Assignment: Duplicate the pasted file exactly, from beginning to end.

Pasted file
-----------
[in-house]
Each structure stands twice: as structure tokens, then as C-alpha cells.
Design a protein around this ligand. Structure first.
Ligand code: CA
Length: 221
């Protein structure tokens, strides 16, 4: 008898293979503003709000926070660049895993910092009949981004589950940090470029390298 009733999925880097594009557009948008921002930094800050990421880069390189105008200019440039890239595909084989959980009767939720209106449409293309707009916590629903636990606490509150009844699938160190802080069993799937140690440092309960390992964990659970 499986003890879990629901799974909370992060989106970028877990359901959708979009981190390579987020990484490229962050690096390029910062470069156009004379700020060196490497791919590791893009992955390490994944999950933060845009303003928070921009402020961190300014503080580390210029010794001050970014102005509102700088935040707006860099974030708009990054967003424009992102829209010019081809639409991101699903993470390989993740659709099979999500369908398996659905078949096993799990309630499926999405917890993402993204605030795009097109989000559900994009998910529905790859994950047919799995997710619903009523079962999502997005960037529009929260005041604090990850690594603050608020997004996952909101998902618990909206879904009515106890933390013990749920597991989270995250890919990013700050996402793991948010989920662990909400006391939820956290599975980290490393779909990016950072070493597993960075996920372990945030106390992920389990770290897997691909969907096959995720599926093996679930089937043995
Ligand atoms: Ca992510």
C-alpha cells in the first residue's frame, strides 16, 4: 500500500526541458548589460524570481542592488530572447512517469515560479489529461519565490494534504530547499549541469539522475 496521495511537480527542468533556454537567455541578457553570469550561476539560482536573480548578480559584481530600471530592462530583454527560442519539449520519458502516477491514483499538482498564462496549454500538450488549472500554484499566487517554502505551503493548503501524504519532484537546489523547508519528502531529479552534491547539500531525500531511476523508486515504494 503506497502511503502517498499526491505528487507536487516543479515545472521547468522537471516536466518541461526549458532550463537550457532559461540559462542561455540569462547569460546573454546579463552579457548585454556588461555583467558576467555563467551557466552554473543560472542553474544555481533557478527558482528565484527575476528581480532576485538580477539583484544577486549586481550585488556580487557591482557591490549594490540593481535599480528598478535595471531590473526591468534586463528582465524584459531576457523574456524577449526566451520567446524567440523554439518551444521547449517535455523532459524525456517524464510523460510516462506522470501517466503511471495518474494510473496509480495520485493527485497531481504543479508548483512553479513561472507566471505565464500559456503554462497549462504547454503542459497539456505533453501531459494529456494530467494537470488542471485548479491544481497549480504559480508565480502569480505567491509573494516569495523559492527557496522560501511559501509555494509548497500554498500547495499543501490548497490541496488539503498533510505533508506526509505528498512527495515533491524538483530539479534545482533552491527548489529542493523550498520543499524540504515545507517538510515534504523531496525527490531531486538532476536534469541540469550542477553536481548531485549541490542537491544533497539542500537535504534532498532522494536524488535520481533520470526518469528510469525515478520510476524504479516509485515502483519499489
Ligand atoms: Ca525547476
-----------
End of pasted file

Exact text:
[in-house]
Each structure stands twice: as structure tokens, then as C-alpha cells.
Design a protein around this ligand. Structure first.
Ligand code: CA
Length: 221
């Protein structure tokens, strides 16, 4: 008898293979503003709000926070660049895993910092009949981004589950940090470029390298 009733999925880097594009557009948008921002930094800050990421880069390189105008200019440039890239595909084989959980009767939720209106449409293309707009916590629903636990606490509150009844699938160190802080069993799937140690440092309960390992964990659970 499986003890879990629901799974909370992060989106970028877990359901959708979009981190390579987020990484490229962050690096390029910062470069156009004379700020060196490497791919590791893009992955390490994944999950933060845009303003928070921009402020961190300014503080580390210029010794001050970014102005509102700088935040707006860099974030708009990054967003424009992102829209010019081809639409991101699903993470390989993740659709099979999500369908398996659905078949096993799990309630499926999405917890993402993204605030795009097109989000559900994009998910529905790859994950047919799995997710619903009523079962999502997005960037529009929260005041604090990850690594603050608020997004996952909101998902618990909206879904009515106890933390013990749920597991989270995250890919990013700050996402793991948010989920662990909400006391939820956290599975980290490393779909990016950072070493597993960075996920372990945030106390992920389990770290897997691909969907096959995720599926093996679930089937043995
Ligand atoms: Ca992510």
C-alpha cells in the first residue's frame, strides 16, 4: 500500500526541458548589460524570481542592488530572447512517469515560479489529461519565490494534504530547499549541469539522475 496521495511537480527542468533556454537567455541578457553570469550561476539560482536573480548578480559584481530600471530592462530583454527560442519539449520519458502516477491514483499538482498564462496549454500538450488549472500554484499566487517554502505551503493548503501524504519532484537546489523547508519528502531529479552534491547539500531525500531511476523508486515504494 503506497502511503502517498499526491505528487507536487516543479515545472521547468522537471516536466518541461526549458532550463537550457532559461540559462542561455540569462547569460546573454546579463552579457548585454556588461555583467558576467555563467551557466552554473543560472542553474544555481533557478527558482528565484527575476528581480532576485538580477539583484544577486549586481550585488556580487557591482557591490549594490540593481535599480528598478535595471531590473526591468534586463528582465524584459531576457523574456524577449526566451520567446524567440523554439518551444521547449517535455523532459524525456517524464510523460510516462506522470501517466503511471495518474494510473496509480495520485493527485497531481504543479508548483512553479513561472507566471505565464500559456503554462497549462504547454503542459497539456505533453501531459494529456494530467494537470488542471485548479491544481497549480504559480508565480502569480505567491509573494516569495523559492527557496522560501511559501509555494509548497500554498500547495499543501490548497490541496488539503498533510505533508506526509505528498512527495515533491524538483530539479534545482533552491527548489529542493523550498520543499524540504515545507517538510515534504523531496525527490531531486538532476536534469541540469550542477553536481548531485549541490542537491544533497539542500537535504534532498532522494536524488535520481533520470526518469528510469525515478520510476524504479516509485515502483519499489
Ligand atoms: Ca525547476